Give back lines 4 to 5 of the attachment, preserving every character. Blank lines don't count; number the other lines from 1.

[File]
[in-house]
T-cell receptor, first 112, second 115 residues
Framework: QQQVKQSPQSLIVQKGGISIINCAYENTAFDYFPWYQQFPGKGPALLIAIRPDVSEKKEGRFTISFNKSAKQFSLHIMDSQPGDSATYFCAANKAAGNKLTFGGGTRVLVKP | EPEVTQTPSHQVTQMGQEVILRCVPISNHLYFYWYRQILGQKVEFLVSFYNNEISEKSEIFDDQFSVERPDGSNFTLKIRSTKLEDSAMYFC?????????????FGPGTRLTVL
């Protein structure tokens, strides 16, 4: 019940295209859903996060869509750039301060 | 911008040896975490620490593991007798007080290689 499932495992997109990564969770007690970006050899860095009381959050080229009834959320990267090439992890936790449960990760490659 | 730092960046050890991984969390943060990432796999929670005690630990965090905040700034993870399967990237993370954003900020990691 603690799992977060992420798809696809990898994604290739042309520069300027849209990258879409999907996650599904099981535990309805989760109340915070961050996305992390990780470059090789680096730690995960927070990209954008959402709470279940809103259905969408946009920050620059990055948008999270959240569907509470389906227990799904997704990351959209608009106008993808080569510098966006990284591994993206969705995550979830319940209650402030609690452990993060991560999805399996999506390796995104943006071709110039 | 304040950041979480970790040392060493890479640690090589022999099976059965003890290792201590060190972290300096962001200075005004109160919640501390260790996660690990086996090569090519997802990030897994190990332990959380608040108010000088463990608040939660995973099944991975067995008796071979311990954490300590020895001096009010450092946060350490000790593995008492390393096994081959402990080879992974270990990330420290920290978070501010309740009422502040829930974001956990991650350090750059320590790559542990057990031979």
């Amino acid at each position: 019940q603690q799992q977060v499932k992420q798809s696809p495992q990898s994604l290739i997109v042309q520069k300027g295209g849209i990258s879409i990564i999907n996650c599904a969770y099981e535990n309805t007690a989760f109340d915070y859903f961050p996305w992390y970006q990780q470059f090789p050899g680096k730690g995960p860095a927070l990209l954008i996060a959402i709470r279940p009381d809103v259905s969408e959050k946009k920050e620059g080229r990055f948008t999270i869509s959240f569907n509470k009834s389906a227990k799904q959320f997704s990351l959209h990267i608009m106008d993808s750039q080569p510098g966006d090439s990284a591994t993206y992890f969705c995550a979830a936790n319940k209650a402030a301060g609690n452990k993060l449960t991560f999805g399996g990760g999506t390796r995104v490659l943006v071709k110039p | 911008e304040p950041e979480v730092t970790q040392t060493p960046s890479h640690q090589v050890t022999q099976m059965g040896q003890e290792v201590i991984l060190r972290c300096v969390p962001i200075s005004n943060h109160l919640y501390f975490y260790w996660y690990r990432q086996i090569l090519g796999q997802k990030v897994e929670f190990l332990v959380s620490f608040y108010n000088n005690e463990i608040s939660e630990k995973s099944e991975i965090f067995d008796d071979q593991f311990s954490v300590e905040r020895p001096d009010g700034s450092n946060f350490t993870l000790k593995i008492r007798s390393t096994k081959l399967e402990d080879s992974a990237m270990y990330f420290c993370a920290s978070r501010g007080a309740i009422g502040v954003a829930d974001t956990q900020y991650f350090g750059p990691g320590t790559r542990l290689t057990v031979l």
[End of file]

């Protein structure tokens, strides 16, 4: 019940295209859903996060869509750039301060 | 911008040896975490620490593991007798007080290689 499932495992997109990564969770007690970006050899860095009381959050080229009834959320990267090439992890936790449960990760490659 | 730092960046050890991984969390943060990432796999929670005690630990965090905040700034993870399967990237993370954003900020990691 603690799992977060992420798809696809990898994604290739042309520069300027849209990258879409999907996650599904099981535990309805989760109340915070961050996305992390990780470059090789680096730690995960927070990209954008959402709470279940809103259905969408946009920050620059990055948008999270959240569907509470389906227990799904997704990351959209608009106008993808080569510098966006990284591994993206969705995550979830319940209650402030609690452990993060991560999805399996999506390796995104943006071709110039 | 304040950041979480970790040392060493890479640690090589022999099976059965003890290792201590060190972290300096962001200075005004109160919640501390260790996660690990086996090569090519997802990030897994190990332990959380608040108010000088463990608040939660995973099944991975067995008796071979311990954490300590020895001096009010450092946060350490000790593995008492390393096994081959402990080879992974270990990330420290920290978070501010309740009422502040829930974001956990991650350090750059320590790559542990057990031979």
């Amino acid at each position: 019940q603690q799992q977060v499932k992420q798809s696809p495992q990898s994604l290739i997109v042309q520069k300027g295209g849209i990258s879409i990564i999907n996650c599904a969770y099981e535990n309805t007690a989760f109340d915070y859903f961050p996305w992390y970006q990780q470059f090789p050899g680096k730690g995960p860095a927070l990209l954008i996060a959402i709470r279940p009381d809103v259905s969408e959050k946009k920050e620059g080229r990055f948008t999270i869509s959240f569907n509470k009834s389906a227990k799904q959320f997704s990351l959209h990267i608009m106008d993808s750039q080569p510098g966006d090439s990284a591994t993206y992890f969705c995550a979830a936790n319940k209650a402030a301060g609690n452990k993060l449960t991560f999805g399996g990760g999506t390796r995104v490659l943006v071709k110039p | 911008e304040p950041e979480v730092t970790q040392t060493p960046s890479h640690q090589v050890t022999q099976m059965g040896q003890e290792v201590i991984l060190r972290c300096v969390p962001i200075s005004n943060h109160l919640y501390f975490y260790w996660y690990r990432q086996i090569l090519g796999q997802k990030v897994e929670f190990l332990v959380s620490f608040y108010n000088n005690e463990i608040s939660e630990k995973s099944e991975i965090f067995d008796d071979q593991f311990s954490v300590e905040r020895p001096d009010g700034s450092n946060f350490t993870l000790k593995i008492r007798s390393t096994k081959l399967e402990d080879s992974a990237m270990y990330f420290c993370a920290s978070r501010g007080a309740i009422g502040v954003a829930d974001t956990q900020y991650f350090g750059p990691g320590t790559r542990l290689t057990v031979l």